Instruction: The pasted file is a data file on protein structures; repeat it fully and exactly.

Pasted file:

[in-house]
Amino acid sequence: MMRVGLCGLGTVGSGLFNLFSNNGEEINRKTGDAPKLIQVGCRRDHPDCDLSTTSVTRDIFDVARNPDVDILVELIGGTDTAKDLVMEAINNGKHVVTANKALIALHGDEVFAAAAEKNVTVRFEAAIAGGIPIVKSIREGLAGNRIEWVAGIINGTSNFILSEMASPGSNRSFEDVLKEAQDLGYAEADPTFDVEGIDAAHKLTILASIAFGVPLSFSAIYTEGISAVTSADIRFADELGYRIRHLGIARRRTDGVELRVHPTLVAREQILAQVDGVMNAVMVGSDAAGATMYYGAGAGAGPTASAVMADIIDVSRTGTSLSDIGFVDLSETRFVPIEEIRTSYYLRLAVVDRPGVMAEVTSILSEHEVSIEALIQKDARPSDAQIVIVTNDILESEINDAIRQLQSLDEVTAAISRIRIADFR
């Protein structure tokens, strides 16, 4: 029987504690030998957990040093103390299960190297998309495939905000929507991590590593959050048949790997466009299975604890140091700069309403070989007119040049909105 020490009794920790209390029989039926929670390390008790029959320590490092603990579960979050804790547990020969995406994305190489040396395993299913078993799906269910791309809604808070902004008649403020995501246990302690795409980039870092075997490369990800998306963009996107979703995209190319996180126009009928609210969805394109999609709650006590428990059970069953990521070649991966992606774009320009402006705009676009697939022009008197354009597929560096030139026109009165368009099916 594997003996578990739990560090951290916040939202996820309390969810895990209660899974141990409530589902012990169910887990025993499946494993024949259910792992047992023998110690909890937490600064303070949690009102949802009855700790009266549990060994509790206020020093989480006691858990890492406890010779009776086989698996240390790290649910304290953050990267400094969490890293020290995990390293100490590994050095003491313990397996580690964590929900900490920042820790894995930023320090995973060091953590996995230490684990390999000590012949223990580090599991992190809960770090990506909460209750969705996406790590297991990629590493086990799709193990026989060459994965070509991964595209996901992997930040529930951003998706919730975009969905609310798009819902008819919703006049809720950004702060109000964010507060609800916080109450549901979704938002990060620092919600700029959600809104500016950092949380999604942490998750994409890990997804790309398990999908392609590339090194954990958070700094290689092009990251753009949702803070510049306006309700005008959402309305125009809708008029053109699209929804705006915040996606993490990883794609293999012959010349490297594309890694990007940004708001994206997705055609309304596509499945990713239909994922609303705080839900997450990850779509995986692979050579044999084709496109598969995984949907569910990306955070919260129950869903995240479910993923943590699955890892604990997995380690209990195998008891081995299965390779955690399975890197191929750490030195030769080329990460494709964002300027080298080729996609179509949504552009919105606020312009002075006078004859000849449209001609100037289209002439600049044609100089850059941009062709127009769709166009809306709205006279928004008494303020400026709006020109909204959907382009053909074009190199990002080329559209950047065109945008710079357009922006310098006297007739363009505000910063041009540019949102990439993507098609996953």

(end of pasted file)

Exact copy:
[in-house]
Amino acid sequence: MMRVGLCGLGTVGSGLFNLFSNNGEEINRKTGDAPKLIQVGCRRDHPDCDLSTTSVTRDIFDVARNPDVDILVELIGGTDTAKDLVMEAINNGKHVVTANKALIALHGDEVFAAAAEKNVTVRFEAAIAGGIPIVKSIREGLAGNRIEWVAGIINGTSNFILSEMASPGSNRSFEDVLKEAQDLGYAEADPTFDVEGIDAAHKLTILASIAFGVPLSFSAIYTEGISAVTSADIRFADELGYRIRHLGIARRRTDGVELRVHPTLVAREQILAQVDGVMNAVMVGSDAAGATMYYGAGAGAGPTASAVMADIIDVSRTGTSLSDIGFVDLSETRFVPIEEIRTSYYLRLAVVDRPGVMAEVTSILSEHEVSIEALIQKDARPSDAQIVIVTNDILESEINDAIRQLQSLDEVTAAISRIRIADFR
């Protein structure tokens, strides 16, 4: 029987504690030998957990040093103390299960190297998309495939905000929507991590590593959050048949790997466009299975604890140091700069309403070989007119040049909105 020490009794920790209390029989039926929670390390008790029959320590490092603990579960979050804790547990020969995406994305190489040396395993299913078993799906269910791309809604808070902004008649403020995501246990302690795409980039870092075997490369990800998306963009996107979703995209190319996180126009009928609210969805394109999609709650006590428990059970069953990521070649991966992606774009320009402006705009676009697939022009008197354009597929560096030139026109009165368009099916 594997003996578990739990560090951290916040939202996820309390969810895990209660899974141990409530589902012990169910887990025993499946494993024949259910792992047992023998110690909890937490600064303070949690009102949802009855700790009266549990060994509790206020020093989480006691858990890492406890010779009776086989698996240390790290649910304290953050990267400094969490890293020290995990390293100490590994050095003491313990397996580690964590929900900490920042820790894995930023320090995973060091953590996995230490684990390999000590012949223990580090599991992190809960770090990506909460209750969705996406790590297991990629590493086990799709193990026989060459994965070509991964595209996901992997930040529930951003998706919730975009969905609310798009819902008819919703006049809720950004702060109000964010507060609800916080109450549901979704938002990060620092919600700029959600809104500016950092949380999604942490998750994409890990997804790309398990999908392609590339090194954990958070700094290689092009990251753009949702803070510049306006309700005008959402309305125009809708008029053109699209929804705006915040996606993490990883794609293999012959010349490297594309890694990007940004708001994206997705055609309304596509499945990713239909994922609303705080839900997450990850779509995986692979050579044999084709496109598969995984949907569910990306955070919260129950869903995240479910993923943590699955890892604990997995380690209990195998008891081995299965390779955690399975890197191929750490030195030769080329990460494709964002300027080298080729996609179509949504552009919105606020312009002075006078004859000849449209001609100037289209002439600049044609100089850059941009062709127009769709166009809306709205006279928004008494303020400026709006020109909204959907382009053909074009190199990002080329559209950047065109945008710079357009922006310098006297007739363009505000910063041009540019949102990439993507098609996953």